Mecer Laptop Xpression W940TU: Review

I recently purchased a new Mecer Xpression W940TU laptop from Computer Mania as my (not so) beloved MacBook Pro started giving me troubles. Seeing that a full repair would cost something around R5000 I decided to give a new laptop a try as I was in need of a fallback device anyway.

The Mecer laptop was the cheapest laptop I could buy right-on-the-spot at one of the Computer Mania franchises – for only R3600.
Mecer itself seems to be a brand of Mustek Limited which does not seem to be affiliated with the Mustek I know from Germany.

Unfortunately there is not a lot of tech review going on in South Africa so it was difficult to find any information or opinion about this specific or similar model. It was a risky buy, but so far I am happy.

The laptop comes with the following specs:

  • Intel Celeron N2840
  • 500GB HDD
  • 14″ – 1366×786 – 16:9 (they call it “HD”)
  • Windows 8 pre-installed (mine even came with a pre-configured user… yay)
  • UEFI
  • No CD/DVD player

I have never heard of this kind of CPU before but I am pretty impressed – it’s definitely lagging way behind my older i5 – but since I am only using it for work and not doing anything multimedia richy it’s perfectly fine. The power consumption is very low, thus also not really generating heat under high load – which is great! You will find the exact details here.

The quality of the chasis is pretty good – feels very cheap but also very durable. Same goes for the keyboard which I actually enjoy using. The touchpad is unfortunately disappointing – especially the buttons.

Of course from the beginning on it was clear that the specs are not enough for my usage – so I had to open it up and upgrade it.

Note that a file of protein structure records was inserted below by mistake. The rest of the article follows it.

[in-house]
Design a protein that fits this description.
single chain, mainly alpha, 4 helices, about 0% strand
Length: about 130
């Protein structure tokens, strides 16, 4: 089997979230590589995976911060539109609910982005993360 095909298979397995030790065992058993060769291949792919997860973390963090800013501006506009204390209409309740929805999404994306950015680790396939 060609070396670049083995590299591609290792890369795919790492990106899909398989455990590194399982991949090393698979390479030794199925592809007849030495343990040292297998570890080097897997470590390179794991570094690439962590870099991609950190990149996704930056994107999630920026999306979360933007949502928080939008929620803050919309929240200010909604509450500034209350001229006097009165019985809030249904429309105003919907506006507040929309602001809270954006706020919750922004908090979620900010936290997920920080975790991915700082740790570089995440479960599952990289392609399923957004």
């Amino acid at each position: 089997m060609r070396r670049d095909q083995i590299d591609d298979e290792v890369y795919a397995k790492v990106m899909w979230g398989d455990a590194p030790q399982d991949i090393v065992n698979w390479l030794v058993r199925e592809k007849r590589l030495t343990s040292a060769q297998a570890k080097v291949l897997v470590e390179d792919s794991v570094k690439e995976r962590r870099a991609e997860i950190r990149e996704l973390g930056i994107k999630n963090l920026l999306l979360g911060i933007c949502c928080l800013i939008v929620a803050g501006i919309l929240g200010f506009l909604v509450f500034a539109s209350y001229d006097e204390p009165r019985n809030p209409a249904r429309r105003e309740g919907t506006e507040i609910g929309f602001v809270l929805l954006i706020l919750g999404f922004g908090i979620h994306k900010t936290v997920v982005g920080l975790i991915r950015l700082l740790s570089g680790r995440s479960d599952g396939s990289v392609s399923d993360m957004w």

This gave me also the possibility to have a look in side, and damn it looks cheap. Anyways:

  • replaced the 2GB RAM module with 2x4GB DDR3L (low voltage, got 1600 but they will anyway go down to 1333 automatically)
  • Samsung EVO 840 250GB SSD
  • removed Windows 8 in favour of Debian 8 (+ Mate)

Works like a charm, pretty fast, and the only bottleneck now is really the CPU.


  • Absolutely NO vendor locking – want to upgrade the hard drive or replace the RAM? Just do it!
  • Pretty simple technology – many things you can replace by yourself – so no exotic stuff soldered/glued on (well except the battery, see cons)
  • You can get (at least here in South Africa) a replacement for pretty much every part (won’t be always the original though) – and thats because they did not build anything “special behind closed doors” but just jammed in popular components together


  • Being used to a Macbook, jesus the power connector on the laptop itself is fucked up – I need to jam it in with force and taking it out feels like I am ripping some inner parts out
  • the battery is unfortunately not easy changeable – similar to other laptops with this form – but still much better as it looks like they are some generic ones I can get from RS – so no special build or glued on
  • the battery have a very very low quality – it is reporting the wrong status under Debian and once it hits 50% it shuts off automatically
  • keyboard is not backlit

Conclusion: A cheap, but not the cheapest, laptop. Having nothing special built in and no vendor locking means upgrades and repairs will be easy and cheap to do.

Update: please don’t buy this laptop – after only 6 months of usage it completely broke down. Additionally batteries were just super unreliable!

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